Spy Review: Finding Family “On Golden Pond” by Peter Heck

“On Golden Pond” Cast & Crew Kneeling – Pat Fee & Kathy Jones Standing – Steve Atkinson, Paul Briggs, Nita Wieczoreck,, Brian McGunigle,, Bonnie Hill, Jeff Daly, Doug Kaufmann, Heather Oland, John Crook, Meg Lenher      Photo by Jane Jewell

“On Golden Pond,” now playing at Church Hill Theatre, is the story of an old married couple enjoying a vacation at their Maine summer home. It’s a poignant family story with characters who love one another but need to negotiate rough spots and deal with ghosts from their past.

The play by Ernest Thompson is probably most familiar from the 1981 film version in which the lead parts were played by Katherine Hepburn and Henry Fonda, with Jane Fonda as their daughter. Jane Fonda acquired the film rights to the play, seeing it as an ideal vehicle for her and her father, for whom it was his last appearance on-screen. Henry Fonda and Hepburn both won Oscars for their performances – his first, her fourth.

Thompson’s theatrical version, which premiered in 1979, featured Tom Aldredge and Frances Sternhagen and ran for 382 performances; Craig Anderson directed. The Church Hill production is directed by Bonnie Hill.

The plot revolves around Norman and Ethel Thayer, who arrive at their country house in April, finding it in need of repairs. It becomes evident early that Norman is beginning to lose his short-term memory. Although he is retired from a position as an English professor, he makes a production of searching for jobs in the local paper – one gets the impression he is doing it to tease Ethel, who has evidently had to put up with such behavior more than once in the past. Later, Charlie, the mailman – whom they’ve known since he was a teenager – drops by and, over a cup of coffee, reminisces about the Thayer’s daughter Chelsea, on whom he had a crush when they were both young. And as it happens, he brings a letter from Chelsea, who promises to visit later that summer, bringing her new boyfriend Bill and his young son Billy.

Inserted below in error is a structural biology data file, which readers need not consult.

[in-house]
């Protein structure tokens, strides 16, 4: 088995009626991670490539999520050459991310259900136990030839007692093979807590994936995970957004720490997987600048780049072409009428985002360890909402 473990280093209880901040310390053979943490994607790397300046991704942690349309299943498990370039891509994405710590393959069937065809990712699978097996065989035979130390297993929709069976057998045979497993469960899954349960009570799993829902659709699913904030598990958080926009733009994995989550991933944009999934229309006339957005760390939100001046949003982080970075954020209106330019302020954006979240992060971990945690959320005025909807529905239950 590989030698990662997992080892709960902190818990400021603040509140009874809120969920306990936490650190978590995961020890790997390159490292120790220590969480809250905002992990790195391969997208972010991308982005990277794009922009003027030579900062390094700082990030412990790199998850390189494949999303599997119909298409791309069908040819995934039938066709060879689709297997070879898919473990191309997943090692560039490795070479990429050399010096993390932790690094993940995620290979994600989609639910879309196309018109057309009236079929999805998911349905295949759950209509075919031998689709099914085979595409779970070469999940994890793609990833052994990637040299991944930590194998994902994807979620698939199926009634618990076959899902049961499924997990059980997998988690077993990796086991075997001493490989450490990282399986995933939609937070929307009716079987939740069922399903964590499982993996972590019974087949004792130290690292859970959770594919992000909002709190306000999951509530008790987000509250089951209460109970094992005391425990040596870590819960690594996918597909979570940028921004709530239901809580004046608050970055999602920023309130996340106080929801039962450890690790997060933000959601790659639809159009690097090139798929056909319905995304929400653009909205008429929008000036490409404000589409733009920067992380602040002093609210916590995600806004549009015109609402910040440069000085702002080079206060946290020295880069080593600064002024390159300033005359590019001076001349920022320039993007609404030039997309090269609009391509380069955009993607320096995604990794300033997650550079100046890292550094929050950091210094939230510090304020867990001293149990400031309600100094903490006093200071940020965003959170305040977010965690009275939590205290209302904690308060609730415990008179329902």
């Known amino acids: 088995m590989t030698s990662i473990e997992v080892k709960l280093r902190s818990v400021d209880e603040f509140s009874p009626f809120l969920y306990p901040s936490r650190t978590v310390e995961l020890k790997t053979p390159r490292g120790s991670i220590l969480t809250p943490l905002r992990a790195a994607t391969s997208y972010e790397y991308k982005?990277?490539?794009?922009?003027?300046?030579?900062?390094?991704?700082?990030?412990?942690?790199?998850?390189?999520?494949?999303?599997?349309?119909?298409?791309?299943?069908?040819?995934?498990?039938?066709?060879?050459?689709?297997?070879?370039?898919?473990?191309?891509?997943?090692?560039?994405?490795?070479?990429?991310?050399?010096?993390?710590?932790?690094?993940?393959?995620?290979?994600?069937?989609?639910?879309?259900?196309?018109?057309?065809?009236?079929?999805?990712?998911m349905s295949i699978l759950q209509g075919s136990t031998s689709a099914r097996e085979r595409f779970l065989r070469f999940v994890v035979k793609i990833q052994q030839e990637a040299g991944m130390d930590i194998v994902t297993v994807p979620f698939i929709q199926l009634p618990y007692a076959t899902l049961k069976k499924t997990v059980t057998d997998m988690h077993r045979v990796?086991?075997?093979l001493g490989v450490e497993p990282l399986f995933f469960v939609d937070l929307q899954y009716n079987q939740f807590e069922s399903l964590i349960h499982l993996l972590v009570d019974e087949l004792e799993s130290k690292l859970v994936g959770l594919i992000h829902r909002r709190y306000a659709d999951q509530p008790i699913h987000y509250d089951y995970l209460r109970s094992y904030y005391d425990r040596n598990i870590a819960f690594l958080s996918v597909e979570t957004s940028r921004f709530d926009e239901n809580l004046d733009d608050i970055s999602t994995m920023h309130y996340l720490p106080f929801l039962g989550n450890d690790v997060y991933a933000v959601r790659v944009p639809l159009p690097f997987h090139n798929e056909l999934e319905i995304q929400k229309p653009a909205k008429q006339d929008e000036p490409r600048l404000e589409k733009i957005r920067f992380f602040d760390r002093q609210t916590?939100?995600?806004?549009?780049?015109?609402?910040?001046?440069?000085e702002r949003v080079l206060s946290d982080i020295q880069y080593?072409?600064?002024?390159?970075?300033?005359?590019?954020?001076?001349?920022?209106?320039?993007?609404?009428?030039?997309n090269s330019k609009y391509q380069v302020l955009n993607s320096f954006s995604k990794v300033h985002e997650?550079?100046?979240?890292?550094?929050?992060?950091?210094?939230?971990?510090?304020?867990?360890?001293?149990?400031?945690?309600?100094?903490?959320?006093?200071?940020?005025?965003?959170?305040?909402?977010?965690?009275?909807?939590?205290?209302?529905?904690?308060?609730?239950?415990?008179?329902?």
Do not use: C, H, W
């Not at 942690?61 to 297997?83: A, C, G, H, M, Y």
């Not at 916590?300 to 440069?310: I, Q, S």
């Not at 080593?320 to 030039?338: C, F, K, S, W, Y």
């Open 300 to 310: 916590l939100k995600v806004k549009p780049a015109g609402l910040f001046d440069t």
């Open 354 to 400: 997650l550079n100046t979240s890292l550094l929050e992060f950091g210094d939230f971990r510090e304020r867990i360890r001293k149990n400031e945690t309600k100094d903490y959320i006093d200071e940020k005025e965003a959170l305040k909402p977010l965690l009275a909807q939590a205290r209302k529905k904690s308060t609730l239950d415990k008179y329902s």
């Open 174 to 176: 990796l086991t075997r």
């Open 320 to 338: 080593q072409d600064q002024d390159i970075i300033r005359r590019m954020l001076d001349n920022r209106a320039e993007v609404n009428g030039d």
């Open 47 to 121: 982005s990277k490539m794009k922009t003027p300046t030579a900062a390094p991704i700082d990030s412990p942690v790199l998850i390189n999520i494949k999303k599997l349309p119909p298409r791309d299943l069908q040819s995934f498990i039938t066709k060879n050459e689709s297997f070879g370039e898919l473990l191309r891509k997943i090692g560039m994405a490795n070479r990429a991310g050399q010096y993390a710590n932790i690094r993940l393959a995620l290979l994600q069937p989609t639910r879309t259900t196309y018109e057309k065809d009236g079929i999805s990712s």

Chelsea introduces young Billy to her parents Ethel and Norman.      Photo by Steve Atkinson

The plot revolves around the relationships between the central couple and the various visitors who come to their lakeside home. Norman’s sometimes prickly exterior is balanced by Ethel’s ability to smooth things over and jolly him along. Chelsea, on the other hand, still nurses resentment over the way her father treated her when she was growing up. Chelsea’s new boyfriend Bill refuses to get drawn into the mind games Norman plays with everyone. On the other hand, young Billy, who stays with the Thayers while Chelsea and Bill vacation in Europe, soon finds himself adapting to the older couple’s ways and the country lifestyle.  Billy loves going fishing with Norman — and teaching the older man the latest teenage slang.

In the Church Hill production, Brian McGunigle and Nita Wieczoreck are cast as the central characters. McGunigle, who is making his CHT debut as Norman, has numerous credits with the Tred Avon Players, including “A Man of No Importance,” and with Shore Shakespeare, including “Macbeth” and “A Midsummer Night’s Dream.” He makes the lead character–whose biting wit and cynical worldview might make him unpleasant company in real life–sympathetic and in the end, quite likable.

Wieczoreck is familiar to CHT audiences from numerous appearances in everything from musicals and comedies to dramatic roles, including “Is He Dead?” and “Oliver,” as well as backstage work, especially in costuming. She is warm and outgoing in the role of Ethel, putting up with her husband’s cranky side while showing concern for his lapses of memory; a good choice for the role. A particularly fun scene is where she and her daughter join in singing the songs of the summer camp on Golden Pond that they both attended as young girls.

Ethel and Norman listen to the loons and watch the sunset on Golden Pond      Photo by Jane Jewell

Paul Briggs, who is establishing himself as a versatile character actor both at CHT and the Garfield, takes the role of Charlie the mailman, a local institution. He does a fine Down East accent, and effectively shows a character who is neither bright nor a deep thinker without stereotyping him as a local yokel.

Heather Oland, another CHT regular, has also appeared with Shore Shakespeare, most recently as Helena in “A Midsummer Night’s Dream.” She gives a strong performance as Chelsea, conveying both the warmth she feels for her mother and the tensions with her father. She calls her father “Norman” not “dad” while always calling her mother “Mommy.” While the role is less central than the two parents, it brings together several of the play’s key themes, and Oland’s performance makes the emotional connections clear.